Thunderstruck, Matti stared at the tall man; she had truly witnessed a miracle. His speech had taken on a decidedly biblical element; although, he sounded more like someone trying to sound Shakespearian who didn’t really know how. Maybe this was the way some preachers spoke when they got really worked up. But Ellie had said he wasn’t a minister. She supposed a man didn’t have to be a minister if God chose him to work His miracles. Among the cries of anguish over the various members who had not survived the attack, mumblings and mutterings began to circulate through the reduced throng, and she heard whispered, “miracle worker,” “prophet of God,” and “Lord’s savior.” Shivers ran up and down her back as she thought about what had happened.

She turned toward the awestruck membership to see what Ellie thought of her bigoted firebrand of a husband but didn’t see her. Then she looked back down to where she had lain beneath the large woman’s protective mass and felt her stomach lurch. Ellie still lay there, unmoving.

“Ellie?” she whispered. “Ellie!” she screamed.

The rest of the group still marveling over what they had seen and heard turned at Matti’s cry. By the time the first had moved in closer, Matti had rolled Ellie partly over and was cradling her head. Her hands gently stroked around the blackened hole just behind Ellie’s temple where the laser had burned through. Tears rolled off Matti’s chin, landed upon Ellie’s face then ran down her cheek as though she cried at her own death.

“Thou, too, bringeth death upon the righteous, oh evil thing.”

Matti looked up at the words to see Brother Morgan looming over her.

“Thou spawn of Satan, why must thou seeketh the most innocent among God’s children to work thy malevolence?”

He punctuated his words with an accusing finger stabbing at her heart, and Matti realized he was somehow blaming her for Ellie’s death.

“No. It was that thing that shot her,” she protested.

“Twas thy comrade, thou meanest. Thy cohort in evil. Thy twin in Satan’s family of foulest demons.”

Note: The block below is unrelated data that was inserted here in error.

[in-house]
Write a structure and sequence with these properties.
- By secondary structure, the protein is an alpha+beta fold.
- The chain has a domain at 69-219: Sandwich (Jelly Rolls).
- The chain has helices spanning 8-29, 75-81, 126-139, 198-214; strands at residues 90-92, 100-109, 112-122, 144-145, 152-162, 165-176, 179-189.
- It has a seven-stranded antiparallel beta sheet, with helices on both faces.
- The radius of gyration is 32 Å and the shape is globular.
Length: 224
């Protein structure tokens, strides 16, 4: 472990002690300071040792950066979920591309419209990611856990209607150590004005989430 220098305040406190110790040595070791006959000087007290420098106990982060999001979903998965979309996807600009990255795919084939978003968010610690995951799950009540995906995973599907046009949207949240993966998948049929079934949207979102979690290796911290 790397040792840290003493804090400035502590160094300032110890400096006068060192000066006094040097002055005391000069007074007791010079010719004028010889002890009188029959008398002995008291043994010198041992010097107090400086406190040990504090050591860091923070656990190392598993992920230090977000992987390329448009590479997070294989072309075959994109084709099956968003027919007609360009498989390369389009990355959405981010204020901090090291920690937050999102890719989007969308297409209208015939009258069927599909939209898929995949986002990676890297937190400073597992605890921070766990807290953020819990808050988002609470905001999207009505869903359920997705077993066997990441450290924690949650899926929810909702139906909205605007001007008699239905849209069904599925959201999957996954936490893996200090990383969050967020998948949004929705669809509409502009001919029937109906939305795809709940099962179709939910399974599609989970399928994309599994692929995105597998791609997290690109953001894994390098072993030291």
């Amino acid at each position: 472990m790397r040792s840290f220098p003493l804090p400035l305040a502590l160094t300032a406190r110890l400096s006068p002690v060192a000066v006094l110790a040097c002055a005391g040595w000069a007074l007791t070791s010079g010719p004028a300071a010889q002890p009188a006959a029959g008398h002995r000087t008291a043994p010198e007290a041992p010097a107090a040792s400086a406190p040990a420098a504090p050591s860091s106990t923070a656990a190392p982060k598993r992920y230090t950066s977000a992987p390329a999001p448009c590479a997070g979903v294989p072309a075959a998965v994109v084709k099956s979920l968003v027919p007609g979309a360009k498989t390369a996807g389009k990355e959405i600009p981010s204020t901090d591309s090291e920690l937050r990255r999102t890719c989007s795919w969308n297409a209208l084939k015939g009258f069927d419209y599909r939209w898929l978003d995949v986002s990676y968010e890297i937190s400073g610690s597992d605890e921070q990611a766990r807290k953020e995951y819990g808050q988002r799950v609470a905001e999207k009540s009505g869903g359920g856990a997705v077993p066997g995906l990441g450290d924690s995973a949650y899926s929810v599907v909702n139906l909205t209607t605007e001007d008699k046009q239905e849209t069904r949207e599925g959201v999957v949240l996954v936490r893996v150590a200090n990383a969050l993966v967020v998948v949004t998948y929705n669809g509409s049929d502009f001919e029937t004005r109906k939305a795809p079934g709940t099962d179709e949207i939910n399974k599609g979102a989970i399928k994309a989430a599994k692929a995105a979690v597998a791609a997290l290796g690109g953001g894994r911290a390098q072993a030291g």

“What … what are you talking about? No! I’m not –”

“Silence!” Morgan roared as he drew himself up to even greater height. “I have long exhorted to my brethren that thy kind are the progeny of the murderer Cain, marked by the Lord, Himself, in his condemnation so that all may know thee. The hue of thy skin is God’s mark! Thou arte murderers, all! Thou bringeth death and destruction wherever thou tarry. Thy very touch brings death. The good brethren, here, saw thee laying thy hands of death upon the good woman thou wouldst embrace now with deceit.”

“No, please, I didn’t –”

“Be gone, foul creature!” Brother Morgan held up his arm across his face as though to shield himself from the hellish thing before him. “I command thee to depart from these good folk. Desist thy works of devilment. I cast the out! Be-gone!”

When Matti looked about among the others for support, she found none. The faces that had shown such good will and humanity as she had walked with Ellie now either frowned in uncertainty or scowled in condemnation. The faces before her now held the same hateful expressions as those she had encountered downtown when she had tried to help her neighbor. She remembered the uselessness of trying to argue with them. Whispered words spread like blowing embers before a wildfire.

“I never did –”

“She was just sitting there on the ground, like she knew we’d be coming –”

“Did you notice her eyes?”

She paused just long enough to ease Ellie’s head gently to the floor, but then she sprang to her feet and bolted for the open doorway. Before she made it half way there, the whispers became shouts of hate.

“Murderer!”

“Stop her!”

Fortunately, all the good brethren were gathered toward the front of the room, and Matti was able to get through the archway before the first missile flew. A hymnal smashed against the wall next to the archway just as Matti slipped through it and out the door. Tears streamed down her cheeks as she raced down the street, uncaring of the direction so long as it was away from the little church.